As many as 90 percent of REOs are withheld from sale, according to estimates recently provided to AOL Real Estate by two analytics firms. It’s a testament to lenders’ fears that flooding the market with foreclosed homes could wreak havoc on their balance sheets and present a danger to the housing market as a whole.
Online foreclosure marketplace RealtyTrac recently found that just 15 percent of REOs in the Washington, D.C., area were for sale, a statistic that is representative of nationwide numbers, the company said.
A Liability to Lenders
Analytics firm CoreLogic provided an even lower estimate, suggesting that just 10 percent of all REOs in the country are listed by their owners, which include mortgage giants Fannie Mae and Freddie Mac as well as the Federal Housing Administration. As of April 2012, 390,000 repossessed homes sat in limbo, while about 39,000 were actually listed for sale, said Sam Khater, senior economist at CoreLogic.
Daren Blomquist, vice president of RealtyTrac, said that he was surprised by his company’s finding, especially since a similar analysis in 2009 found that banks were attempting to sell nearly twice as much of their REO inventory back then.
“It was surprising to see that that percentage had come down,” he said, noting that many agents that his firm has spoken to “have mentioned that there’s actually a shortage of foreclosure inventory — and they’re wanting more.”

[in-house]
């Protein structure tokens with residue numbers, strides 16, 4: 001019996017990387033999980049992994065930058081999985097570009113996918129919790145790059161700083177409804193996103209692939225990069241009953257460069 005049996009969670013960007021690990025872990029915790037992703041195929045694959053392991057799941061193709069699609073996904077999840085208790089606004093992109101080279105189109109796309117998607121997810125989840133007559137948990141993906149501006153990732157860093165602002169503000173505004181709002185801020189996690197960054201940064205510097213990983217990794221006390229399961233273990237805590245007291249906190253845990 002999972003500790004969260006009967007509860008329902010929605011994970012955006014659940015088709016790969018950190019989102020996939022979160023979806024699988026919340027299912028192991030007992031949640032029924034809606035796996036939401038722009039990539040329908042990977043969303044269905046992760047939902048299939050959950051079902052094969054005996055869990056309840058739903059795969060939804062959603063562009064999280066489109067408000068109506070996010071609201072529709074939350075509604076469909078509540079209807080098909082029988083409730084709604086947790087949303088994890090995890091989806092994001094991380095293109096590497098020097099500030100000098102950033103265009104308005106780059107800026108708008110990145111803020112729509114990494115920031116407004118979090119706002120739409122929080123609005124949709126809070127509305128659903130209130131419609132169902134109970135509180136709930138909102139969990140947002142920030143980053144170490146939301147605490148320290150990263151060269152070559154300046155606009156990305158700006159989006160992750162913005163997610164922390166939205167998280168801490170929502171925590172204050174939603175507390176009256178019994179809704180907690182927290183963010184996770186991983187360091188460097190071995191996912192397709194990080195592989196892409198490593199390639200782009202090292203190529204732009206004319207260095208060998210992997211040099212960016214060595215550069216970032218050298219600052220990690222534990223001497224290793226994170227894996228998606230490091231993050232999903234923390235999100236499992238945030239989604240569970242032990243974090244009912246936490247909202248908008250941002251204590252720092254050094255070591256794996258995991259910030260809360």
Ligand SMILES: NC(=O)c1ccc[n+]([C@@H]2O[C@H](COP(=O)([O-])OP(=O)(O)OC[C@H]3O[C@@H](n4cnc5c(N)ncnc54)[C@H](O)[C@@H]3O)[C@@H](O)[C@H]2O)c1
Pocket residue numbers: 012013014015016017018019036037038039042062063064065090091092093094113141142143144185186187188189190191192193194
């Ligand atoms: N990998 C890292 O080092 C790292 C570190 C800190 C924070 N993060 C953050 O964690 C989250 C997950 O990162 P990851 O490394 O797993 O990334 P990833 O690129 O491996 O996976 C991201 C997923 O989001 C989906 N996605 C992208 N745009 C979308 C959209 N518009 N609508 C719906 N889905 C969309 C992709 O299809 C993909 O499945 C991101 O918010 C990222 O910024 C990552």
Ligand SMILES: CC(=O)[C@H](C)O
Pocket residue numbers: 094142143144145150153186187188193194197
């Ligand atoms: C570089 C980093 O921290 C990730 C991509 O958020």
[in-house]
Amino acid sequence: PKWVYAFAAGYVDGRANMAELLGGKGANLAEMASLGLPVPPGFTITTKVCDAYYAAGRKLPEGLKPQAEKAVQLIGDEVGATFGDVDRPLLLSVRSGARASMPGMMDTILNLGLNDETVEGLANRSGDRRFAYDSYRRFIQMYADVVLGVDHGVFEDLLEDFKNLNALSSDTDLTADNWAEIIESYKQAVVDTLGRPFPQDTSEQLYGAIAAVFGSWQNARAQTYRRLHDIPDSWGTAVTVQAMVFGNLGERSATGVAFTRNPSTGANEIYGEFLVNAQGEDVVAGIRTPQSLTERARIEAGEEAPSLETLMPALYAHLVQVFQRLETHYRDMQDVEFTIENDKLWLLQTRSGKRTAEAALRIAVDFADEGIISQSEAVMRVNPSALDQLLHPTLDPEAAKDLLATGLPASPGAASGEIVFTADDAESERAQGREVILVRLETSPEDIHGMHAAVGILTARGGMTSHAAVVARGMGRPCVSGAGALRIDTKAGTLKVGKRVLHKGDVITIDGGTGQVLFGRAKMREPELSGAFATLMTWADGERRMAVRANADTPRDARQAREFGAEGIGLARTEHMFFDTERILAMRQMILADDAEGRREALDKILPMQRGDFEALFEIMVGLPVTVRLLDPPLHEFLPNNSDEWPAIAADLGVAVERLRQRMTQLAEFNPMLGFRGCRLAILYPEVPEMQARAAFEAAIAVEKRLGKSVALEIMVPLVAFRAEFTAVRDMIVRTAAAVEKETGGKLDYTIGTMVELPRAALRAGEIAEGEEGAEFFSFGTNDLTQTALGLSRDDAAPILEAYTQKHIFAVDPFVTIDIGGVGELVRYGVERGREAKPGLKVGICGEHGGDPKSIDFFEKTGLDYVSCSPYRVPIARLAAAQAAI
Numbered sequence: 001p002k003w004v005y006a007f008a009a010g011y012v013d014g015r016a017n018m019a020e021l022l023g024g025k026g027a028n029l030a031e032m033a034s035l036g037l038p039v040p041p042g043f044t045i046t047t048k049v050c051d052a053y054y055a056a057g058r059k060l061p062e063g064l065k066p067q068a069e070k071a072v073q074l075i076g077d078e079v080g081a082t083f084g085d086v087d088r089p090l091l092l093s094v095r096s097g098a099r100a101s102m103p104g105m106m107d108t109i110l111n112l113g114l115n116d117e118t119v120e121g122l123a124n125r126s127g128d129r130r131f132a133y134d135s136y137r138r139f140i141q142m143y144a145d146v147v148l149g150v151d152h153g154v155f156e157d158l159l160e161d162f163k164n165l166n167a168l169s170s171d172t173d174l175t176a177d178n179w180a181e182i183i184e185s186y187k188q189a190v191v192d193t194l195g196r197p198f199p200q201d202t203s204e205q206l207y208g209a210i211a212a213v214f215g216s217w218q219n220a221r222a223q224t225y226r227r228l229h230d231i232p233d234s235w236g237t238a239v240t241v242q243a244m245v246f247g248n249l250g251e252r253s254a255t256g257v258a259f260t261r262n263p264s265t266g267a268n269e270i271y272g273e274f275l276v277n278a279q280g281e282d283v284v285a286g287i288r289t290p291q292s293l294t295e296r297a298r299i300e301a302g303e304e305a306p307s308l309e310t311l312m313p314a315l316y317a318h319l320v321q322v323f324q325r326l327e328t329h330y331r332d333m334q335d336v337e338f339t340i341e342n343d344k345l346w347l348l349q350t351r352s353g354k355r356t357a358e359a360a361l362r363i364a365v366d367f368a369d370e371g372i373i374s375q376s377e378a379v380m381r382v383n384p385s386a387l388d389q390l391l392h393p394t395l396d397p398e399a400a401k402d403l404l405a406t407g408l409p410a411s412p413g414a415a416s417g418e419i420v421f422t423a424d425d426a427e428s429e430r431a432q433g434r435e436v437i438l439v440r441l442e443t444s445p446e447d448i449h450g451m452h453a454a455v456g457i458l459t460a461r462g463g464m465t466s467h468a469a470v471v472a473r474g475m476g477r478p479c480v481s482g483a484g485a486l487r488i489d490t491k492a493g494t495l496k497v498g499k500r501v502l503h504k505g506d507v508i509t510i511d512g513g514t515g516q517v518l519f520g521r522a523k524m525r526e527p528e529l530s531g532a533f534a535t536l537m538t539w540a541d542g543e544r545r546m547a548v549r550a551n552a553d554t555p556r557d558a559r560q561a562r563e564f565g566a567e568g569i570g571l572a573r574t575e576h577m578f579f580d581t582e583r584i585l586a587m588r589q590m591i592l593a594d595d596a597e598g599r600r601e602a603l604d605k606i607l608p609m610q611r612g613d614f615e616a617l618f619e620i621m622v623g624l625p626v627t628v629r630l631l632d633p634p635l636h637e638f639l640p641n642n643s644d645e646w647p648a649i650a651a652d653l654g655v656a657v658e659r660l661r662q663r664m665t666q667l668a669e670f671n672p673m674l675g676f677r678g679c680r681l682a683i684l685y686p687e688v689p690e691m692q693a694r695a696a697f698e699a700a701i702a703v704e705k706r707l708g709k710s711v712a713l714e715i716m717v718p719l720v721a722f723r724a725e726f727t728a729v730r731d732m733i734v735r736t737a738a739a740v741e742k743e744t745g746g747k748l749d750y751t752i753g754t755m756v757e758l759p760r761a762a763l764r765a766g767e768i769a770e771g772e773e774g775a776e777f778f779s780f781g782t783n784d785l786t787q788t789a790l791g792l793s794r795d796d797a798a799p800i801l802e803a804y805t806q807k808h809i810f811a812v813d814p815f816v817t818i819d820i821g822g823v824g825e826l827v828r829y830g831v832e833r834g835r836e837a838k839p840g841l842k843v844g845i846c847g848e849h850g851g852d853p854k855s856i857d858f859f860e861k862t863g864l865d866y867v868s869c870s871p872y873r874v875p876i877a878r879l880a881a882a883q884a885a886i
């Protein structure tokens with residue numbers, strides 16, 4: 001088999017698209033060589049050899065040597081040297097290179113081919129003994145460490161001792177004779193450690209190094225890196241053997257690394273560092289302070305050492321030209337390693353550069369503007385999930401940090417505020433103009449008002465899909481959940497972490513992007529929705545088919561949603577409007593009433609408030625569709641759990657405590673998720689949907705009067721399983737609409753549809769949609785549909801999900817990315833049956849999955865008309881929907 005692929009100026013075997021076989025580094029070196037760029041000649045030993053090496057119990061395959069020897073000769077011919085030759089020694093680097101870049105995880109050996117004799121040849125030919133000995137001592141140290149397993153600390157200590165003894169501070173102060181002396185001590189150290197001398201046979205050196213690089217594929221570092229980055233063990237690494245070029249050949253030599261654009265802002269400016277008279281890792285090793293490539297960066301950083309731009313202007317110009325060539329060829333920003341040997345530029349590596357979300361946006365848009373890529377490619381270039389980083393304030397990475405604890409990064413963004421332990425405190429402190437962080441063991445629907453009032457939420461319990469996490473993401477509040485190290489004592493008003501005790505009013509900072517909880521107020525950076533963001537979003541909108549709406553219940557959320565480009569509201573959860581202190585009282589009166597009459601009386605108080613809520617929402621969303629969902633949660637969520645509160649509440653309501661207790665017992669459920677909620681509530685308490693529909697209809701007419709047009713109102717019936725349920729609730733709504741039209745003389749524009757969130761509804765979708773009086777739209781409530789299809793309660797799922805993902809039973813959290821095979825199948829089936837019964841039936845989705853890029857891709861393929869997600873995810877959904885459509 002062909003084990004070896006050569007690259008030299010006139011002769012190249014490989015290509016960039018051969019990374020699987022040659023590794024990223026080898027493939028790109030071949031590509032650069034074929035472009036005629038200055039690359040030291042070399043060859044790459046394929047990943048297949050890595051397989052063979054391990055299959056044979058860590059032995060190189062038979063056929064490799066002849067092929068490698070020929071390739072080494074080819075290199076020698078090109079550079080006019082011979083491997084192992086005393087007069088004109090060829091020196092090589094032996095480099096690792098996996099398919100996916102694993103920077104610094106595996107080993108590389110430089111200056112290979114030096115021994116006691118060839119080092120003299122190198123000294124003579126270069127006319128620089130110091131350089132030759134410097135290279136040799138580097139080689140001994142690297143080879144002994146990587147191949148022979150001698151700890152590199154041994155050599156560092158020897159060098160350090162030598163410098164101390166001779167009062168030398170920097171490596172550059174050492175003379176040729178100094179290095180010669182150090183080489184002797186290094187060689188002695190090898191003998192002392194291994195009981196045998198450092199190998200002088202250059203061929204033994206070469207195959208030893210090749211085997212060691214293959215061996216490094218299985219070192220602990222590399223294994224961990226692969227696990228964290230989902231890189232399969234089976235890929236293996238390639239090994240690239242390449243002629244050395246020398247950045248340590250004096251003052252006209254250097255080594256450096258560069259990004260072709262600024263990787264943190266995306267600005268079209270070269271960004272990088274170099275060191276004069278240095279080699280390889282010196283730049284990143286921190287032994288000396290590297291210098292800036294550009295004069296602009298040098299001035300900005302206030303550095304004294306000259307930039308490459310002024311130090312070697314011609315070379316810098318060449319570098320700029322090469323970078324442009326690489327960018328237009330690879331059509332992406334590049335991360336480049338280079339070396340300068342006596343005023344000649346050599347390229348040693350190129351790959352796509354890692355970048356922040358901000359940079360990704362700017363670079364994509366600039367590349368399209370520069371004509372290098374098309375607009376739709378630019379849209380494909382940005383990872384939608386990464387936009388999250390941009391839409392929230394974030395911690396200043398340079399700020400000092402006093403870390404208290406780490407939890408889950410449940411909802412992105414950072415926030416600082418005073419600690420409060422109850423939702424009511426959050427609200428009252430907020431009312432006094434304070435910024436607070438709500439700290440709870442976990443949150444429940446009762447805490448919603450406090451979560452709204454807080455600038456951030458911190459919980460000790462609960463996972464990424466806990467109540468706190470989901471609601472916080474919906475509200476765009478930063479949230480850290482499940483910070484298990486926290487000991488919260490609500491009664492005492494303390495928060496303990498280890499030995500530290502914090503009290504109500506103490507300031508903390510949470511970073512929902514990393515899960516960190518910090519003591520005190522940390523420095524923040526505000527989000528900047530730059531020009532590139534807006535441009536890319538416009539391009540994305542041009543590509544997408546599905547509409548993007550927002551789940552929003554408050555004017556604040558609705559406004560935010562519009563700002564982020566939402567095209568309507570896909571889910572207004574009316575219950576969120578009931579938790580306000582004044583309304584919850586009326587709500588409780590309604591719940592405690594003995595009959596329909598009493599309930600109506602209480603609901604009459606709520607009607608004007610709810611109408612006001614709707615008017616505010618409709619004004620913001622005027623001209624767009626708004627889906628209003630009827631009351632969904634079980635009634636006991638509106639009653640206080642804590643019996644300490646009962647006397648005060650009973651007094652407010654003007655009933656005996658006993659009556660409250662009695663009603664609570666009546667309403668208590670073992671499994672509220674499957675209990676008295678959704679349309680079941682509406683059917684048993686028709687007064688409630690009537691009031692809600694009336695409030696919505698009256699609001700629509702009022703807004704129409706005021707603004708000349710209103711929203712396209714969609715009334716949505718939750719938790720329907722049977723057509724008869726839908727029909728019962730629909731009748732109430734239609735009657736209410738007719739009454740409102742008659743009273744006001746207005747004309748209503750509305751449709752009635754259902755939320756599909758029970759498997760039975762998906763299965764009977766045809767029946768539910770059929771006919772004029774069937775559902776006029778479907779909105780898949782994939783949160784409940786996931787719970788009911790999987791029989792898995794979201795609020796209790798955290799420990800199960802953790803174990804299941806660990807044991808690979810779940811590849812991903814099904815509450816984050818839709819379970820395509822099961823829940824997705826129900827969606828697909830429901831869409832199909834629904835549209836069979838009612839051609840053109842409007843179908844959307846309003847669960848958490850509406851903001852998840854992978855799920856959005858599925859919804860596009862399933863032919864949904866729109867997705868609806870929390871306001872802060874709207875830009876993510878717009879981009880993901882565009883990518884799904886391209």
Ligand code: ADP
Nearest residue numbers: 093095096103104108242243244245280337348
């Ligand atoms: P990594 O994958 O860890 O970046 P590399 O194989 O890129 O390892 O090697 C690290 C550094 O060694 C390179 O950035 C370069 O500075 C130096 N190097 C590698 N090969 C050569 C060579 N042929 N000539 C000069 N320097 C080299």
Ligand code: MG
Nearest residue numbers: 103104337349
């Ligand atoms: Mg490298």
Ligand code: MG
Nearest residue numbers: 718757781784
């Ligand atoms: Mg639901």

But Realtors who want more bargain-priced homes to sell may not get their way anytime soon. Foreclosed properties are an extreme liability to lenders, holding the potential not just to dent their profits but to actually bankrupt them altogether.
That’s because when a lender carries an REO on its books, it is allowed to value the home at the price that the foreclosed-on borrower originally paid for it. Once the lender sells the home, it must book a loss: the difference between the original purchase price and the current value. And since home values have fallen by nearly a third since the housing bust, that translates into huge losses for the bank.
“They’ve already taken a loss on the loan,” Khater said, “but they’re going to take a loss on the asset once they dispose of it.” Adding insult to injury, REOs typically sell at a 33 percent discount.
Fears of a Domino Effect
Releasing REOs onto the market also chips away at home prices in general, depressing the value of the homes of other customers — who could already be teetering on the brink of foreclosure — and the additional REOs that lenders hold on their books.
“Each REO that comes through has a domino impact on properties that are very close to that property,” Khater said.
In fact, if lenders turn their REO release valve to full blast, the deluge of foreclosures cascading onto the market could plunge the country into a recession, said Thomas Martin, president of consumer advocacy group Americas Watchdog.
“If they let the dam essentially break. It could be a catastrophic disaster for the U.S. economy,” he said, predicting that some major banks would fail and home prices would nosedive by 20 percent.